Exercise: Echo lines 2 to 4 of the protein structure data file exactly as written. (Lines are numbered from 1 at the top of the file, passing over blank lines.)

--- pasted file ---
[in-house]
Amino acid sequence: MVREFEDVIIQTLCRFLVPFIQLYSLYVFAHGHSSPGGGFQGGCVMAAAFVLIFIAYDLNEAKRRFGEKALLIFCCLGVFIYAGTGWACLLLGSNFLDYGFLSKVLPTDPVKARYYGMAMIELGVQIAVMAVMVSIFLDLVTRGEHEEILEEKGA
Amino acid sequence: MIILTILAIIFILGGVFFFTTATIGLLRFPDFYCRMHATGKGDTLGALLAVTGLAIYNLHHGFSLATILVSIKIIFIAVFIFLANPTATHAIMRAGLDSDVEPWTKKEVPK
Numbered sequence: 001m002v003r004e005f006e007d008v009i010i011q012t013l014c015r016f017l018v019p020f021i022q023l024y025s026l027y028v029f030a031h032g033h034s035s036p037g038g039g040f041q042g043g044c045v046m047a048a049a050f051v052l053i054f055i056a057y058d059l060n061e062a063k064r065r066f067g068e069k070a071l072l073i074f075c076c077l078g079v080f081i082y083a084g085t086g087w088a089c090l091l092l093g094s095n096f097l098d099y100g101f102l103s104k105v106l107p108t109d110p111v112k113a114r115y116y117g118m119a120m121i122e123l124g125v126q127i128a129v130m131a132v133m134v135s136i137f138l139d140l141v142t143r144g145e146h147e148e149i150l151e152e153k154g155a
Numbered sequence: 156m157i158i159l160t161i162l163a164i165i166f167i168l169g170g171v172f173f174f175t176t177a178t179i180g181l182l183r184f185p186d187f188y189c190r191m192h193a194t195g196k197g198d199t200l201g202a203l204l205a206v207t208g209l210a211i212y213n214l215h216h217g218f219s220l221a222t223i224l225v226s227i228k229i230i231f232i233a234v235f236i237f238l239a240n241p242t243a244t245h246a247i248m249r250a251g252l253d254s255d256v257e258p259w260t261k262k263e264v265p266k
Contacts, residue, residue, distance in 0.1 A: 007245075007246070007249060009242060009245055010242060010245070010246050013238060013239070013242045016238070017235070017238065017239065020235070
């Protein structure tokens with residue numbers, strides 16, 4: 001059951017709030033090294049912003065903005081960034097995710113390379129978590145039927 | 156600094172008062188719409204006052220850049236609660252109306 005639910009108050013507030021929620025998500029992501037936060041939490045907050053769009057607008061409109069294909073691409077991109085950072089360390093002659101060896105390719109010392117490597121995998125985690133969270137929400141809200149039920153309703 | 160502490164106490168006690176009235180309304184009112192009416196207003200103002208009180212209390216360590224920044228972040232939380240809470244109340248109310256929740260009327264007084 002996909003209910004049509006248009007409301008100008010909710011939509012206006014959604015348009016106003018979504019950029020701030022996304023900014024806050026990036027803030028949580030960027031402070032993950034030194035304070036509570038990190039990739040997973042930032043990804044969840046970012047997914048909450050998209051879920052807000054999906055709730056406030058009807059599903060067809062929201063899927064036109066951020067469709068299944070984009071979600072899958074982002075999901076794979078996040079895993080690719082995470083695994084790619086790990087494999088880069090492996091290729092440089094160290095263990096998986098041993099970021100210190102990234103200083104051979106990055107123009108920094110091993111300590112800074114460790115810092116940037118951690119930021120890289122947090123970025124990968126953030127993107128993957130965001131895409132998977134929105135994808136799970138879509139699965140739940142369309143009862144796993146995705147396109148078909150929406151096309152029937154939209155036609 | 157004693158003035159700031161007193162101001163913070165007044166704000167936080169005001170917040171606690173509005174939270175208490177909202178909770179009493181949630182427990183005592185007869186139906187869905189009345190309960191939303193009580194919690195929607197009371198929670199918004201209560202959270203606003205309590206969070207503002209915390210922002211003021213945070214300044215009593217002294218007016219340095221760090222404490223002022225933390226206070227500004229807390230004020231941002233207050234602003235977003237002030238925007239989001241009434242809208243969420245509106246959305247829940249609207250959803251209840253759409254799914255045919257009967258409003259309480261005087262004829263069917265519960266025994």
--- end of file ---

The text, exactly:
Amino acid sequence: MVREFEDVIIQTLCRFLVPFIQLYSLYVFAHGHSSPGGGFQGGCVMAAAFVLIFIAYDLNEAKRRFGEKALLIFCCLGVFIYAGTGWACLLLGSNFLDYGFLSKVLPTDPVKARYYGMAMIELGVQIAVMAVMVSIFLDLVTRGEHEEILEEKGA
Amino acid sequence: MIILTILAIIFILGGVFFFTTATIGLLRFPDFYCRMHATGKGDTLGALLAVTGLAIYNLHHGFSLATILVSIKIIFIAVFIFLANPTATHAIMRAGLDSDVEPWTKKEVPK
Numbered sequence: 001m002v003r004e005f006e007d008v009i010i011q012t013l014c015r016f017l018v019p020f021i022q023l024y025s026l027y028v029f030a031h032g033h034s035s036p037g038g039g040f041q042g043g044c045v046m047a048a049a050f051v052l053i054f055i056a057y058d059l060n061e062a063k064r065r066f067g068e069k070a071l072l073i074f075c076c077l078g079v080f081i082y083a084g085t086g087w088a089c090l091l092l093g094s095n096f097l098d099y100g101f102l103s104k105v106l107p108t109d110p111v112k113a114r115y116y117g118m119a120m121i122e123l124g125v126q127i128a129v130m131a132v133m134v135s136i137f138l139d140l141v142t143r144g145e146h147e148e149i150l151e152e153k154g155a